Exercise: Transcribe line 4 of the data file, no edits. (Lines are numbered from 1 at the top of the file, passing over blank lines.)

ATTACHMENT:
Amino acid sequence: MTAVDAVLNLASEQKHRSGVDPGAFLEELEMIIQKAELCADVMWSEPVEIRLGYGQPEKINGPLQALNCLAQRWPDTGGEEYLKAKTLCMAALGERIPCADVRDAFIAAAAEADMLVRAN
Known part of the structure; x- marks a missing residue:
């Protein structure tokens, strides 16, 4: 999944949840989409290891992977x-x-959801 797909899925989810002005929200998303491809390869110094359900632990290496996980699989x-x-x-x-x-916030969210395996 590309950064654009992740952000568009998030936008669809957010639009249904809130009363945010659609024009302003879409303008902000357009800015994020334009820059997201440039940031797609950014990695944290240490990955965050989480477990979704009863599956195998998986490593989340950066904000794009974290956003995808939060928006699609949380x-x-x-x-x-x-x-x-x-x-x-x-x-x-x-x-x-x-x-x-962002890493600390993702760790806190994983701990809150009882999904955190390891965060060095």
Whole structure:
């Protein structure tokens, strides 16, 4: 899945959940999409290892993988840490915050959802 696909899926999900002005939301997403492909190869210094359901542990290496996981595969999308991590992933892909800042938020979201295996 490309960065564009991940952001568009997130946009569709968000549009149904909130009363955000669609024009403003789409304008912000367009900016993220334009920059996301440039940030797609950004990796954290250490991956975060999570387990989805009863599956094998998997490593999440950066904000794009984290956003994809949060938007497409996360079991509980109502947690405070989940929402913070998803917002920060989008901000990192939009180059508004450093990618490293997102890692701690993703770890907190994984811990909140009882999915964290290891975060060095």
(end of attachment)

Whole structure: